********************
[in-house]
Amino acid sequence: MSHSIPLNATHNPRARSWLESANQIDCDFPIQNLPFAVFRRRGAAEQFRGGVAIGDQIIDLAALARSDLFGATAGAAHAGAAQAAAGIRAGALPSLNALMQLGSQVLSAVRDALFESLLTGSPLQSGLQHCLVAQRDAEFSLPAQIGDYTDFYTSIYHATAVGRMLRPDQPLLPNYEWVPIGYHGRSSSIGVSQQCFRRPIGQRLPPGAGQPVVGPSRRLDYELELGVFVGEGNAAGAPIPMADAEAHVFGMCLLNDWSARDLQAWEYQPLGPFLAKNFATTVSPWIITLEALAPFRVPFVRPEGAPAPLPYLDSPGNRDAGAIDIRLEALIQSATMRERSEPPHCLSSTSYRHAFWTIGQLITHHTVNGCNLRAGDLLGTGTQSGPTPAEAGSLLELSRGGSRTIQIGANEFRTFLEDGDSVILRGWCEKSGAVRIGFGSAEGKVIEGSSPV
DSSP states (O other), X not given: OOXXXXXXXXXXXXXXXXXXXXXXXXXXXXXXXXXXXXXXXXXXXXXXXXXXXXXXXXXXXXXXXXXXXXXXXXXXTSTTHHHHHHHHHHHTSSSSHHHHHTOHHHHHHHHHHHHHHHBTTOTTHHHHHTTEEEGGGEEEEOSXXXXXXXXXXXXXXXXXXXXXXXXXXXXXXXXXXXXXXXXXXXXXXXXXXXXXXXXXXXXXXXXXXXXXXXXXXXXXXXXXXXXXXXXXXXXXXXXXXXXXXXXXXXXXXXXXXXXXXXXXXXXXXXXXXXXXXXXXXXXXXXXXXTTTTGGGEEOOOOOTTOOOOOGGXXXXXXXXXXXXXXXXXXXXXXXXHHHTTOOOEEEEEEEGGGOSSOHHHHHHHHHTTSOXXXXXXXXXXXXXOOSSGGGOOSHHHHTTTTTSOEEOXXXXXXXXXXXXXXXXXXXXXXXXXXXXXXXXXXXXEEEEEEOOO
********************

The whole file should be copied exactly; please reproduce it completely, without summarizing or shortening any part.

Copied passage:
[in-house]
Amino acid sequence: MSHSIPLNATHNPRARSWLESANQIDCDFPIQNLPFAVFRRRGAAEQFRGGVAIGDQIIDLAALARSDLFGATAGAAHAGAAQAAAGIRAGALPSLNALMQLGSQVLSAVRDALFESLLTGSPLQSGLQHCLVAQRDAEFSLPAQIGDYTDFYTSIYHATAVGRMLRPDQPLLPNYEWVPIGYHGRSSSIGVSQQCFRRPIGQRLPPGAGQPVVGPSRRLDYELELGVFVGEGNAAGAPIPMADAEAHVFGMCLLNDWSARDLQAWEYQPLGPFLAKNFATTVSPWIITLEALAPFRVPFVRPEGAPAPLPYLDSPGNRDAGAIDIRLEALIQSATMRERSEPPHCLSSTSYRHAFWTIGQLITHHTVNGCNLRAGDLLGTGTQSGPTPAEAGSLLELSRGGSRTIQIGANEFRTFLEDGDSVILRGWCEKSGAVRIGFGSAEGKVIEGSSPV
DSSP states (O other), X not given: OOXXXXXXXXXXXXXXXXXXXXXXXXXXXXXXXXXXXXXXXXXXXXXXXXXXXXXXXXXXXXXXXXXXXXXXXXXXTSTTHHHHHHHHHHHTSSSSHHHHHTOHHHHHHHHHHHHHHHBTTOTTHHHHHTTEEEGGGEEEEOSXXXXXXXXXXXXXXXXXXXXXXXXXXXXXXXXXXXXXXXXXXXXXXXXXXXXXXXXXXXXXXXXXXXXXXXXXXXXXXXXXXXXXXXXXXXXXXXXXXXXXXXXXXXXXXXXXXXXXXXXXXXXXXXXXXXXXXXXXXXXXXXXXXTTTTGGGEEOOOOOTTOOOOOGGXXXXXXXXXXXXXXXXXXXXXXXXHHHTTOOOEEEEEEEGGGOSSOHHHHHHHHHTTSOXXXXXXXXXXXXXOOSSGGGOOSHHHHTTTTTSOEEOXXXXXXXXXXXXXXXXXXXXXXXXXXXXXXXXXXXXEEEEEEOOO